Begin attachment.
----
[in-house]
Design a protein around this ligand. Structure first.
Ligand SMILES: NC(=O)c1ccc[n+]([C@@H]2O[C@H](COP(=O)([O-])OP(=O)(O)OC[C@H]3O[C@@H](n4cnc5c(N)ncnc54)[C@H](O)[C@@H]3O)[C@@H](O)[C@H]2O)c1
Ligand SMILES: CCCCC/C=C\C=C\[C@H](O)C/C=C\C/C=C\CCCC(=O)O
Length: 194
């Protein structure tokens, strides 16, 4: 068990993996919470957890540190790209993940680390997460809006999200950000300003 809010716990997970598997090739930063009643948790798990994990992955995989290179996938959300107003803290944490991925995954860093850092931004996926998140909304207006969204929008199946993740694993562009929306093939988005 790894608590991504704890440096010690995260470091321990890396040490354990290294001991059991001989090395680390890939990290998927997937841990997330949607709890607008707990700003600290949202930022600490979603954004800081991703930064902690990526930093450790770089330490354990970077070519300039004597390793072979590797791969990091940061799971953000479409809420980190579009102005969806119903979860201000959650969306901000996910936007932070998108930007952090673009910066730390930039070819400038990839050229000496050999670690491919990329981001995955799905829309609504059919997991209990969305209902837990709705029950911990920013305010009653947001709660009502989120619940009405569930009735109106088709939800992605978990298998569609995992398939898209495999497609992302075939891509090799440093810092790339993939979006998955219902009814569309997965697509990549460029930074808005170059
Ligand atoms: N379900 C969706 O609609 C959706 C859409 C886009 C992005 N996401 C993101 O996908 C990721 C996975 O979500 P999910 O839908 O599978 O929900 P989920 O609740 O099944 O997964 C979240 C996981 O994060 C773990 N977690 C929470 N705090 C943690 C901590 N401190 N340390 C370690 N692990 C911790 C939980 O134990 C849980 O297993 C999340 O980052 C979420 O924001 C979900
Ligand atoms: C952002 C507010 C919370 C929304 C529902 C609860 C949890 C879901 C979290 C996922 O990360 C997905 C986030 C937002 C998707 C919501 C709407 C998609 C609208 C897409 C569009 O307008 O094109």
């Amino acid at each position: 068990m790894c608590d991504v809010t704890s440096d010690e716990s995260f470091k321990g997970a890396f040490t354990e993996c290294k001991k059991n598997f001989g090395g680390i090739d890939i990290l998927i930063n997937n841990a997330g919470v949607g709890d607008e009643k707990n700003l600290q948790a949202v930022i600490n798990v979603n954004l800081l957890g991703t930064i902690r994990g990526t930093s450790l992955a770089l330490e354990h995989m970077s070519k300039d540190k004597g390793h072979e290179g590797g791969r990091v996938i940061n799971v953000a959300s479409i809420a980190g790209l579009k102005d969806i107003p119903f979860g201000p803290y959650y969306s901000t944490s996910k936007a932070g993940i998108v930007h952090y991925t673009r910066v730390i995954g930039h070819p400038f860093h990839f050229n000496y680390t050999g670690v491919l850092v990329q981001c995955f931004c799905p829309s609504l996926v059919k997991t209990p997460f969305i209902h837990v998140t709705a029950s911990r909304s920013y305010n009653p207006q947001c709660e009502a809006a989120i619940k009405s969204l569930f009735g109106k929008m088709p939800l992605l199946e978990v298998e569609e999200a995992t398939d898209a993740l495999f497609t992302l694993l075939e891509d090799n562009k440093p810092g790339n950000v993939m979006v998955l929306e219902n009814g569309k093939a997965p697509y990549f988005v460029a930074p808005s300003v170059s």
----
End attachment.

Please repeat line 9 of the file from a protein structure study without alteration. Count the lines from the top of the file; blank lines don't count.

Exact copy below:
């Amino acid at each position: 068990m790894c608590d991504v809010t704890s440096d010690e716990s995260f470091k321990g997970a890396f040490t354990e993996c290294k001991k059991n598997f001989g090395g680390i090739d890939i990290l998927i930063n997937n841990a997330g919470v949607g709890d607008e009643k707990n700003l600290q948790a949202v930022i600490n798990v979603n954004l800081l957890g991703t930064i902690r994990g990526t930093s450790l992955a770089l330490e354990h995989m970077s070519k300039d540190k004597g390793h072979e290179g590797g791969r990091v996938i940061n799971v953000a959300s479409i809420a980190g790209l579009k102005d969806i107003p119903f979860g201000p803290y959650y969306s901000t944490s996910k936007a932070g993940i998108v930007h952090y991925t673009r910066v730390i995954g930039h070819p400038f860093h990839f050229n000496y680390t050999g670690v491919l850092v990329q981001c995955f931004c799905p829309s609504l996926v059919k997991t209990p997460f969305i209902h837990v998140t709705a029950s911990r909304s920013y305010n009653p207006q947001c709660e009502a809006a989120i619940k009405s969204l569930f009735g109106k929008m088709p939800l992605l199946e978990v298998e569609e999200a995992t398939d898209a993740l495999f497609t992302l694993l075939e891509d090799n562009k440093p810092g790339n950000v993939m979006v998955l929306e219902n009814g569309k093939a997965p697509y990549f988005v460029a930074p808005s300003v170059s």